You Might Need This For Your Thesis Defence (hint, hint)

The Bruker software, Xwin-nmr, is extremely configurable with many hundreds of parameters that affect the way data is acquired, processed and plotted. You cannot effectively operate one of these machines manually without a basic knowledge of the main parameters. You should at least know what the parameters that are printed with the spectrum mean. You never know ... someone on your thesis defence committee might decide to ask you what 'AQ' means. How would you answer. What happens to 'AQ' if 'SW' is decreased? What is the effect on a 13C spectrum if 'D1' is decreased? Consider yourself warned.

Xwin-nmr has several parameter editors:

  • eda - acquisition parameter editor
  • edp - processing parameter editor
  • edg - plot parameter editor
  • edc - data set editor
  • edpul - pulse program editor
  • edasp - nucleii/channel routing editor
  • edcpul - current pulse program editor
  • edlist - list editor
  • ased - automation setup editor

In order to effectively use the machine you need to know how to use these editors. The best way is to 'play' with them and see what happens to the spectrum. One warning, however ... don't change any power levels unless you really know what you're doing, especially for homodecoupling and NOE experiments. You can damage the equipment by using pulse power levels that are too high.

Now, let's look at the common parameters that are printed with your spectrum. I should say that this is just a very small subset of the parameters available to you withing the program. Starting at the top of the list:

  • Name - the name of the folder in which your data will be stored. This folder will contain several sub-folders .. below 'Name' is 'nmr' and below 'nmr' is 'expno', the experiment number. You would use different experiment numbers for different experiments on one sample. For example, you might want to do a 1H, a 13C, an HMQC and a HMBC experiment on your sample. the 1H could be experiment number 1, the 13C experiment number 2 etc. Your data are then organised hierarchically under 'nmr'.
  • Expno - experiment number (see above)
  • Procno - processed data set number. You can process one data set in more than one way and store the results in separate numbered folders. Most people would not have occasion to do this but it is possible.
  • Date - the date (duh!)
  • Time - the time
  • Instrum - the instrument that the spectrum was done on. The Bruker default is 'spect' which is what each of our machines is set to. We could change this on our machines to relect the identity of each of them but this is a rather tricky thing to do.
  • Probhd - the probe that was used for the experiment.
  • Pulprog - the pulse program that was used to acquire the data.
  • TD - the time domain. This is the number of data points that were digitised. Thus, a value of say, 16384 would mean that this many data points were used to digitise the spectrum.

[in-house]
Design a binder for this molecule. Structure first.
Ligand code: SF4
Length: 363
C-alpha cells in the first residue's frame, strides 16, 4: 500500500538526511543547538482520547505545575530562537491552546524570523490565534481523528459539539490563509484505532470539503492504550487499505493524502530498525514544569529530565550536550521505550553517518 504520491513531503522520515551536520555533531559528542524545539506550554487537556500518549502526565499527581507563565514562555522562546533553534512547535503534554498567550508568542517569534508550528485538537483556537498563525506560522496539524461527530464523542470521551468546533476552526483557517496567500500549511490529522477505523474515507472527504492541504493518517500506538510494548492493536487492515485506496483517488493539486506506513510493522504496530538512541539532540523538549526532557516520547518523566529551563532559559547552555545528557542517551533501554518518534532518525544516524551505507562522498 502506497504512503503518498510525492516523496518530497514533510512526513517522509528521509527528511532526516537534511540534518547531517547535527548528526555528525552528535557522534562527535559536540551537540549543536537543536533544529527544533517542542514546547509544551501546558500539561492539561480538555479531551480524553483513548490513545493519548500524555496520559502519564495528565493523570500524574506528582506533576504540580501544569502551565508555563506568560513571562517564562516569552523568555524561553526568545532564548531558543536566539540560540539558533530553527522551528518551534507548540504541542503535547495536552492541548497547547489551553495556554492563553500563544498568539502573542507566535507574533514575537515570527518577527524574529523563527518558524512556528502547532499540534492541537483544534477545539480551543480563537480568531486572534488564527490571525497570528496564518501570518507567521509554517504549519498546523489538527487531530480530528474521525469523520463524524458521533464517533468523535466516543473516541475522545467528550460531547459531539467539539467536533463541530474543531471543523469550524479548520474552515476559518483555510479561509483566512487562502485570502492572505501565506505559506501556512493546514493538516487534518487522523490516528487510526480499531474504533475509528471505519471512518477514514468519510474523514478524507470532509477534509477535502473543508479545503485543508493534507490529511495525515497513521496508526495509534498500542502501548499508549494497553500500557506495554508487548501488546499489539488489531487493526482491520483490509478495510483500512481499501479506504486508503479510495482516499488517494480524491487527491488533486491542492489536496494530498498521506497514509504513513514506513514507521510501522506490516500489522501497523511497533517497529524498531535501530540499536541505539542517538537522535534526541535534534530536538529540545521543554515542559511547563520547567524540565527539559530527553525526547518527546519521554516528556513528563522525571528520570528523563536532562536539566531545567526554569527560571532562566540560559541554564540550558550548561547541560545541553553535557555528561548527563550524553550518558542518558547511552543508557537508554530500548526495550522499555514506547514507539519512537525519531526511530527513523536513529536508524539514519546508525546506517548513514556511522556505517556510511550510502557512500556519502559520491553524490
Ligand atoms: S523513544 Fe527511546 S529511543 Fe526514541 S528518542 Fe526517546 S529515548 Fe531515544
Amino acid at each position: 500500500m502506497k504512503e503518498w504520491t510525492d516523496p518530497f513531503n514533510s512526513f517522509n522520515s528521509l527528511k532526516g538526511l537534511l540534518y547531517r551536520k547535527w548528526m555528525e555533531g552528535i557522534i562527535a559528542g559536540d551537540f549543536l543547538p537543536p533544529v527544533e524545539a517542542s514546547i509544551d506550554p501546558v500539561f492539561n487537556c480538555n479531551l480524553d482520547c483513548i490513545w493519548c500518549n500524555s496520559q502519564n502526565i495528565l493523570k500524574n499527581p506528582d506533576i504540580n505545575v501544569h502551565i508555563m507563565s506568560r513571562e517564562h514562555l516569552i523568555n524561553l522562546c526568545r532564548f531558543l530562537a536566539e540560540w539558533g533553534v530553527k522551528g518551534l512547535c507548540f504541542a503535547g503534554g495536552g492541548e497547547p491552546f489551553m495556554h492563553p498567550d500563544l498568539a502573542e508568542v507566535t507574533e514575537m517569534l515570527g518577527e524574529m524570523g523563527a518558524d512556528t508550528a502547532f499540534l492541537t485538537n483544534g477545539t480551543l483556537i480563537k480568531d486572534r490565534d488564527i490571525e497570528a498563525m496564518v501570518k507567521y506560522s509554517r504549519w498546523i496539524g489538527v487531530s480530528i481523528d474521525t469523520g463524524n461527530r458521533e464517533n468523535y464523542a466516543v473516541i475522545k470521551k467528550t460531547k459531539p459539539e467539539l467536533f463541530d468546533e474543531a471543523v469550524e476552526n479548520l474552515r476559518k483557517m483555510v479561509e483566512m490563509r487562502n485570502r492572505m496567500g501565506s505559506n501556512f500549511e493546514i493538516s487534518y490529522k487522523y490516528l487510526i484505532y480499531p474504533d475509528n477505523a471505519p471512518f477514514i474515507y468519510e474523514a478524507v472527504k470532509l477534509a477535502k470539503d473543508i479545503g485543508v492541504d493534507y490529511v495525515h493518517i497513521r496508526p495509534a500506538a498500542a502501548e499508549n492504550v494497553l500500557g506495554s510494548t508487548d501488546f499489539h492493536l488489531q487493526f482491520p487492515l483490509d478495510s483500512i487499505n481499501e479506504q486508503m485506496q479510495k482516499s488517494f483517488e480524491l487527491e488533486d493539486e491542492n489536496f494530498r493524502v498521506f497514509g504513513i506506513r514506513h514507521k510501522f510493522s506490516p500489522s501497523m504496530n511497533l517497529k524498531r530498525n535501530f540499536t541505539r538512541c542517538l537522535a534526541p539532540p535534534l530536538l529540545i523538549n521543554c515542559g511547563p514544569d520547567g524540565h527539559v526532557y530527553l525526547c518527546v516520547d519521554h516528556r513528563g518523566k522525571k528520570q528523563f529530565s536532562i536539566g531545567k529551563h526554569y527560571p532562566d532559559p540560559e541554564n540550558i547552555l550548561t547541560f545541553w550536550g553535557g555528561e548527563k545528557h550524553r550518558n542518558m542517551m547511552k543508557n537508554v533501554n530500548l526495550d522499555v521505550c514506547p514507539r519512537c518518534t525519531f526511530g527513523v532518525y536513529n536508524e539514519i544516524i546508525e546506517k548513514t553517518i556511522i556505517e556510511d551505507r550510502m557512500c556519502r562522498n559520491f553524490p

• Solvent - the solvent that the sample was locked with
  • NS - the number of scans
  • DS - the number dummy scans. These are used to get the spin system into a 'steady state' before acquisition begins.
  • SWH - the 'sweep width' in hertz
  • FIDRES - the fid (Free Iduction Decay) resolution in hertz per point. This is calculated by dividing SWH by TD.
  • AQ - the acquisition time. This is the length of time that the digitiser is on, acquiring data.
  • RG - the receiver gain. This parameter is usually set automatically when the 'rga' (receiver gain automatic) is issued.
  • DW - dwell time. The is the time interval between data samples taken from the analog signal by the digitiser.
  • TE - the temperature that the spectrum was acquired at.
  • D1 - the interpulse delay time.
  • NUC1 - the F1 channel (the acquisition channel) nucleus. This is the nucleus that the observed signal is received from. F1 is always the acquistion channel ... F2, F3 etc are decoupler channels.
  • P1 - the pulse 'width' used for pulses on the F1 channel ... it is actually the time during which the transmitter is on, irradiating the sample with rf energy.
  • PL1 - the attenuation setting for the power amplifier. This is a number which sets the power of the signal irradiating the sample in dB. It can be somewhat confusing until you get used to it. The larger the number the higher the attenuation and the lower the power is.
  • SFO1 - the transmitter frequency in megahertz. This the sum of BF, the basic frequency of the spectrometer plus O1 the offset frequency.
  • ND0 - number of D0 delays. This is used only in 2 dimensional experiments and indicates the number variable D0 delays there are in the pulse sequence.
  • SI -